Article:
Our Northwest

We fear online fraud, but don’t shred as much

Wednesday, October 15, 2014by  Jon Osterberg

Northwest residents worry about identity theft and online fraud, but not enough to keep them from paying their bills electronically.
   The latest PEMCO Poll reveals that although 87% of Washington and Oregon people are at least somewhat fearful their identity could be stolen, 47% say it’s safer to pay their bills online than via U.S. Mail.
   Only 22% of those polled say snail mail is safer. By a small margin, it’s usually people age 35 and up who prefer an envelope and stamp.
   I’m pretty cautious doing everything online, especially purchases. I scrutinize websites to make sure they’re secure. That gave me a decent sense of security until recently, when big retailers like Target and Home Depot announced data breaches.
   PEMCO partners with the the identity fraud experts at Identity Theft 911, now called IDT911. They acknowledge that consumers need to guard against online crime like phishing emails and text solicitations.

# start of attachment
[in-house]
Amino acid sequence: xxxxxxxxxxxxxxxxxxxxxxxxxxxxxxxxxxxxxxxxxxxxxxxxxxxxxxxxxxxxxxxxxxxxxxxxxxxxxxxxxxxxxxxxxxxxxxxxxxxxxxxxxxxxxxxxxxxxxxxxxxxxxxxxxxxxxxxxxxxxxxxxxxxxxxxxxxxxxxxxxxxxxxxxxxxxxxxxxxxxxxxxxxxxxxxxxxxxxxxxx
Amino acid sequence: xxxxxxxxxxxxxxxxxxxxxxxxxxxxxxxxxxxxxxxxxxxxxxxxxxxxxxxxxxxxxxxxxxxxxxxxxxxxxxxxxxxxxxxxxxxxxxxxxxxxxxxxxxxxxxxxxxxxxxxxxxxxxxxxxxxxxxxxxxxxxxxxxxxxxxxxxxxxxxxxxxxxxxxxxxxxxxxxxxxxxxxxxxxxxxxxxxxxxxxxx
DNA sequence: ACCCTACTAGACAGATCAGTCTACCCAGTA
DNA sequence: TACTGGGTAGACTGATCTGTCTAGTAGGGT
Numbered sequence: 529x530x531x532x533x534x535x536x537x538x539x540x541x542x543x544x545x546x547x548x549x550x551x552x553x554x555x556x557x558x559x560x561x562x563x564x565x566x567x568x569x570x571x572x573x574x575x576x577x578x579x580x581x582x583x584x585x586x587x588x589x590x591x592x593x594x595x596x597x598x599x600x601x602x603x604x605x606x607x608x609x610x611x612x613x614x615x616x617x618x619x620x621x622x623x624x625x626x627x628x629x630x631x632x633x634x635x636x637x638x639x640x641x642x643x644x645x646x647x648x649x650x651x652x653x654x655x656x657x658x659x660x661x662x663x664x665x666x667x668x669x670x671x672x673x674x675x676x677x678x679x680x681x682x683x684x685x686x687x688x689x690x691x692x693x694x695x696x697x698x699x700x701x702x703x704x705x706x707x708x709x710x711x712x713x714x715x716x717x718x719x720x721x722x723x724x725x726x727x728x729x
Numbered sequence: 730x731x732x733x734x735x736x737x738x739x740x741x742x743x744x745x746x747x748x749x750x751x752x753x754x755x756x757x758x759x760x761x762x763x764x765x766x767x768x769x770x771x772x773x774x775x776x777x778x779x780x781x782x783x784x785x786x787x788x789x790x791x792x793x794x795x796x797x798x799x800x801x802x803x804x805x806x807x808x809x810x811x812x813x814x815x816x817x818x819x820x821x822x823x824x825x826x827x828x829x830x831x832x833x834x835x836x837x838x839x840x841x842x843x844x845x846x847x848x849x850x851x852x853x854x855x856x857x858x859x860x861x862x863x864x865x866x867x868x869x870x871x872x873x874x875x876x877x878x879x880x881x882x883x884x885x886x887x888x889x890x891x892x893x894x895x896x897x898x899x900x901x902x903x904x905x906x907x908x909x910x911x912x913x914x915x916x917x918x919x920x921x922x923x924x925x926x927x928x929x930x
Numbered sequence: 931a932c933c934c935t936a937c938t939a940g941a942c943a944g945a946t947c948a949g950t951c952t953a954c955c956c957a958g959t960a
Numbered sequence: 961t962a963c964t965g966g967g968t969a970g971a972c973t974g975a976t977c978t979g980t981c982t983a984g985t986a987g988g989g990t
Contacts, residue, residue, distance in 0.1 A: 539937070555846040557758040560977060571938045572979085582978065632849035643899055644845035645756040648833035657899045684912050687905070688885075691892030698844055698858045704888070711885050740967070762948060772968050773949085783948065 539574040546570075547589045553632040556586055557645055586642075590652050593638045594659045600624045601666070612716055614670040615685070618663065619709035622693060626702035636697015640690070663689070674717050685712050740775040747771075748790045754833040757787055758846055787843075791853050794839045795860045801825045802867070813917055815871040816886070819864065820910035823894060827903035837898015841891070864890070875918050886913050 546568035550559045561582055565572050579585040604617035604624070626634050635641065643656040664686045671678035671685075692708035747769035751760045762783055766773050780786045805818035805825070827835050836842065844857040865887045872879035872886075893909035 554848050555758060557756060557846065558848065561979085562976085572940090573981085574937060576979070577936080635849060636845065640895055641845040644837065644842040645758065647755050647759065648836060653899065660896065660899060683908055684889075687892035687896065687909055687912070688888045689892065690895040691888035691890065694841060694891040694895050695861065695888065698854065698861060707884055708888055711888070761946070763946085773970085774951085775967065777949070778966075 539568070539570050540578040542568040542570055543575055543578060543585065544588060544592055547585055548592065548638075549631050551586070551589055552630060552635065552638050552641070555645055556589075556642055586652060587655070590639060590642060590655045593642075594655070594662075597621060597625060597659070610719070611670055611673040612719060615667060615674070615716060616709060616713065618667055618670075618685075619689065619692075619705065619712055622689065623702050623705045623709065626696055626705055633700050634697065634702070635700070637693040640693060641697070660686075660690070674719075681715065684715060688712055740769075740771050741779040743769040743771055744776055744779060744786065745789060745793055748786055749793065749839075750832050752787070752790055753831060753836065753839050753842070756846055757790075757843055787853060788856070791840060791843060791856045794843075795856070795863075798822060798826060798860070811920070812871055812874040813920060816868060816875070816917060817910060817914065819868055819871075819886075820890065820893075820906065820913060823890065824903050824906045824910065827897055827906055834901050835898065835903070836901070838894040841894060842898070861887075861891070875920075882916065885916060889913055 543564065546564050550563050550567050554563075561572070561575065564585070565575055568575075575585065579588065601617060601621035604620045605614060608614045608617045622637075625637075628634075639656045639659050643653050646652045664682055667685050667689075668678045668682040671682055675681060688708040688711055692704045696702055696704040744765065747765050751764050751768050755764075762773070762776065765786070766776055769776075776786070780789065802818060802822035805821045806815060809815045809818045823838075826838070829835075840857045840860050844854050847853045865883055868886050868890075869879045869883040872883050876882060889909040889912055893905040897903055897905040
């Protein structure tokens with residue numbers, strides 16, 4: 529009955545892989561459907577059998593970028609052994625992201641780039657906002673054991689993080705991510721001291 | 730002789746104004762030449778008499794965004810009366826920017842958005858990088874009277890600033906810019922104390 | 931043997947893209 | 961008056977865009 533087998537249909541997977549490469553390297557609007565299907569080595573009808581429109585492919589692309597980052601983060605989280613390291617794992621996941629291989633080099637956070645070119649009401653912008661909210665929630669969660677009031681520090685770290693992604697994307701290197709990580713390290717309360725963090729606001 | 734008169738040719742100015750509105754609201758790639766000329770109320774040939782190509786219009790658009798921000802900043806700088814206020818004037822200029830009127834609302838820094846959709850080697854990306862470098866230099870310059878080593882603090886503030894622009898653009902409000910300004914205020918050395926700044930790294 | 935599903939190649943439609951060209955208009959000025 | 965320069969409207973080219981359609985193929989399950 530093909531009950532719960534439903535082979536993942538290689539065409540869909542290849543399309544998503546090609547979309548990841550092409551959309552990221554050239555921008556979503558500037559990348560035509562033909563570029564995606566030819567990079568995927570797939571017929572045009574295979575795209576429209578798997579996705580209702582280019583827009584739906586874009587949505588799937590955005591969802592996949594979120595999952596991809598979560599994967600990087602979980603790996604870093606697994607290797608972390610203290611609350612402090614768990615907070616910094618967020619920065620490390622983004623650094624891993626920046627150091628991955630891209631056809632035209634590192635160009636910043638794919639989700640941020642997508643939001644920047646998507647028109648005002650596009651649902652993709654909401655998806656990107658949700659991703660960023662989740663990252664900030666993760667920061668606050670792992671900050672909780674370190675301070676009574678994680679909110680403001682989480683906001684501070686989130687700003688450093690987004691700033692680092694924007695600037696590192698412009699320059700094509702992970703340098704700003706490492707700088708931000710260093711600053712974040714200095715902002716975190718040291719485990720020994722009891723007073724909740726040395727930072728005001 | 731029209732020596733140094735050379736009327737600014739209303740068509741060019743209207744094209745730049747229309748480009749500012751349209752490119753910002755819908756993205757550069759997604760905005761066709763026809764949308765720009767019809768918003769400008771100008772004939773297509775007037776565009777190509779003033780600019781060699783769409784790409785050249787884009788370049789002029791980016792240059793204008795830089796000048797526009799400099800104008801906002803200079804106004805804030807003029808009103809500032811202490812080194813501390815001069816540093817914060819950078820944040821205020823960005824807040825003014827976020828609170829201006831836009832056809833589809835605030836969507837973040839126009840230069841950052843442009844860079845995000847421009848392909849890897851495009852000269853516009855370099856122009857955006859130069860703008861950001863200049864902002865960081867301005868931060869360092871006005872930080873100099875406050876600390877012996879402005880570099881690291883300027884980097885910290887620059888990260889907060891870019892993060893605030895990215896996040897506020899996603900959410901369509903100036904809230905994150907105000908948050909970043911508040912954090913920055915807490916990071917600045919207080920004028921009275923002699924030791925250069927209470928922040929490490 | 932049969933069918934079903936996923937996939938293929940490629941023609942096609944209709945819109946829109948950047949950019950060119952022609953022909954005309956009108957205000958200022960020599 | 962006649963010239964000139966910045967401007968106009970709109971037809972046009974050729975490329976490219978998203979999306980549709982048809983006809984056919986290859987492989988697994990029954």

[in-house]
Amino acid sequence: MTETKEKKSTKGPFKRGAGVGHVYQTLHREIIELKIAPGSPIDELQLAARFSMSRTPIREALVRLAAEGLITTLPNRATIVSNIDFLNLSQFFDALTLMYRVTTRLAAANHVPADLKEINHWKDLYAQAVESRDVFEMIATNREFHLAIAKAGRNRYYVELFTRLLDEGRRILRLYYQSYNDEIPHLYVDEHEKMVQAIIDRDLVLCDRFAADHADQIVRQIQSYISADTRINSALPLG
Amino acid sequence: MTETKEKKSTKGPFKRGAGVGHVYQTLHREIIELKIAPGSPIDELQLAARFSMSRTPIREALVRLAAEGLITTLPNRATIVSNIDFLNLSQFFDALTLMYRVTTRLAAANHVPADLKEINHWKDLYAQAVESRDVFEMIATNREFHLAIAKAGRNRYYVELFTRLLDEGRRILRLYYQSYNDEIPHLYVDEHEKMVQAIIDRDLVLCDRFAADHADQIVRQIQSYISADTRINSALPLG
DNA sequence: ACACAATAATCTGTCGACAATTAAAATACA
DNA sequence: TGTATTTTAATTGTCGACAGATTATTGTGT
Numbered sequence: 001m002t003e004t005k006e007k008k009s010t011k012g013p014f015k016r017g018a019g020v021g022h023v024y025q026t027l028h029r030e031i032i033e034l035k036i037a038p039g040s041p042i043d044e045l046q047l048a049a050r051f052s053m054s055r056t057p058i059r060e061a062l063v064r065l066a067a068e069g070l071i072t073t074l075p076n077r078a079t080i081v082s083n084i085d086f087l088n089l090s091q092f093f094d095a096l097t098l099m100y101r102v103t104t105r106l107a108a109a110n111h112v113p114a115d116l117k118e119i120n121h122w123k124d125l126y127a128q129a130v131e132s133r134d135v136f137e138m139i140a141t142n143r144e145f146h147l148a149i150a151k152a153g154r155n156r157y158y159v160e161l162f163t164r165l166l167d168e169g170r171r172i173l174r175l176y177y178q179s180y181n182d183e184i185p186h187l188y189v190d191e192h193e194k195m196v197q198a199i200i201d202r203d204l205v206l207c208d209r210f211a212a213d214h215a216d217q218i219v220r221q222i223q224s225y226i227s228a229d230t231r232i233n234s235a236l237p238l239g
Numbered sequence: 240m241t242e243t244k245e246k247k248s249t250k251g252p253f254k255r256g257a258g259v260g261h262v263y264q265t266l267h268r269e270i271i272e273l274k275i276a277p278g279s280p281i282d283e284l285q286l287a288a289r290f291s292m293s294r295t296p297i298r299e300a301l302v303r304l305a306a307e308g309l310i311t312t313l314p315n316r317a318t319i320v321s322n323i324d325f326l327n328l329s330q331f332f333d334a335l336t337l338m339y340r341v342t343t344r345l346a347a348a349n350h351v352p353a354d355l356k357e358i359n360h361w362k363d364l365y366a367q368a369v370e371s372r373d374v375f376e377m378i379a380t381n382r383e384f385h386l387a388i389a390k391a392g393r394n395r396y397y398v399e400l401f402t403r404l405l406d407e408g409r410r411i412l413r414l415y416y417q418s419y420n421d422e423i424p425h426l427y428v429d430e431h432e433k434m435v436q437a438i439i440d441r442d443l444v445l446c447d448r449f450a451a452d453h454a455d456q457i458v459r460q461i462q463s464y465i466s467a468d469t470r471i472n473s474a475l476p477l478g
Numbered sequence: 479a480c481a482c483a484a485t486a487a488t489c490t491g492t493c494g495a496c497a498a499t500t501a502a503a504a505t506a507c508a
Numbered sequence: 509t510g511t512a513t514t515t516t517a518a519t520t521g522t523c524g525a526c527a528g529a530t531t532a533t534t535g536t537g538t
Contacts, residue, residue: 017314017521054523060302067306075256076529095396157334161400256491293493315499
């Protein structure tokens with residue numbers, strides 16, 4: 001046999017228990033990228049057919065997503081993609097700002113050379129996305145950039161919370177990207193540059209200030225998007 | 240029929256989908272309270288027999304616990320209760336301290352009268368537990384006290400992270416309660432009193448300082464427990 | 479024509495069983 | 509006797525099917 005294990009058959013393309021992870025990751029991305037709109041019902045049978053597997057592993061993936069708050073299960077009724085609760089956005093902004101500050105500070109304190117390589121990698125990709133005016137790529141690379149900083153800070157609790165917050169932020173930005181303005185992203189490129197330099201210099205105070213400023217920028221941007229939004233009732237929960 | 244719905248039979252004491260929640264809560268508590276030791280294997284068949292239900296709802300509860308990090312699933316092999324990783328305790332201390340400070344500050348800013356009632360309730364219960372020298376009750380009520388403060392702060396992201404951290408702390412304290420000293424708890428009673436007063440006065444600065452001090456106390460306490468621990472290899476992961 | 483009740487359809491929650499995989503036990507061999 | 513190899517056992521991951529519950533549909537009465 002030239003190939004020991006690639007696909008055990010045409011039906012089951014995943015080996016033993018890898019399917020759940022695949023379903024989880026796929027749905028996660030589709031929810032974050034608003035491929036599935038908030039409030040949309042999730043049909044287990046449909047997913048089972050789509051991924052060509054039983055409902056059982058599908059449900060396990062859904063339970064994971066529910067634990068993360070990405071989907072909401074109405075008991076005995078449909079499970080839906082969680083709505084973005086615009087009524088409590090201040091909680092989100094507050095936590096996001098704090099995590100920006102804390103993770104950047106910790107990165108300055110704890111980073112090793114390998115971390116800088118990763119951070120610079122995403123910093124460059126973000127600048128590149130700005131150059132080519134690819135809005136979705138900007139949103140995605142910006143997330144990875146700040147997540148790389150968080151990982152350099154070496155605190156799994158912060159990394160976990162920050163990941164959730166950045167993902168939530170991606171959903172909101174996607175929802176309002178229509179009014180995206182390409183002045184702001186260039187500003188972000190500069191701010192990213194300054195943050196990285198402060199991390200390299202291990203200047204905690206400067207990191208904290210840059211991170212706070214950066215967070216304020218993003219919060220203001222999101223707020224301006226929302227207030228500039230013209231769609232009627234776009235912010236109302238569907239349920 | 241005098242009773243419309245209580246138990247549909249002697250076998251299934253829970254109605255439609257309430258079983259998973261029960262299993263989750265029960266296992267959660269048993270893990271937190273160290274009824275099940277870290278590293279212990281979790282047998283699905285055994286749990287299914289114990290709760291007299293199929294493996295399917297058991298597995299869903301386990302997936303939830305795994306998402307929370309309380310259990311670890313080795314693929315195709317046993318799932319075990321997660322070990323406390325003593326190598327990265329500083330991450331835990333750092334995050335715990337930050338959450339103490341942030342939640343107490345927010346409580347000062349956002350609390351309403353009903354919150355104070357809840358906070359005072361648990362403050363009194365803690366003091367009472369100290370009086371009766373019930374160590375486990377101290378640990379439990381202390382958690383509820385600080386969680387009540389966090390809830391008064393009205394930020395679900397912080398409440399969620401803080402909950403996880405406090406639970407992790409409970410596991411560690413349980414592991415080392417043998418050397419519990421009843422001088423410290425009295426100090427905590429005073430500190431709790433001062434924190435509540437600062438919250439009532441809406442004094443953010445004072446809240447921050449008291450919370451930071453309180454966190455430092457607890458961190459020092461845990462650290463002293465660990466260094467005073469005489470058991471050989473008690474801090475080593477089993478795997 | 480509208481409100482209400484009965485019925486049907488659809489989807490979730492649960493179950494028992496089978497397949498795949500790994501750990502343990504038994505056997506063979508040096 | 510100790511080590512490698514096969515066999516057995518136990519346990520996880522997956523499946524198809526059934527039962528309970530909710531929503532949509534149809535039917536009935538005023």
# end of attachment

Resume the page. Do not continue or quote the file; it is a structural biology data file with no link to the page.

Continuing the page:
But they also warn that old-fashioned pickpockets remain a big threat, because people often carry several pieces of ID in their wallets and purses – perhaps a drivers license, credit cards, insurance ID, even Social Security cards.
   I was taught years ago to carry my wallet in my front pants pocket, not my rear pocket, because it’s harder to steal that way. I still do that out of habit. I also continue to shred any mail at home that arrives with my full name and address, not to mention those unsolicited credit offers.
   Yet PEMCO’s Poll revealed that fewer people shred nowadays – only 69% in Washington, down from 79% in 2008. Read our news release to learn more.

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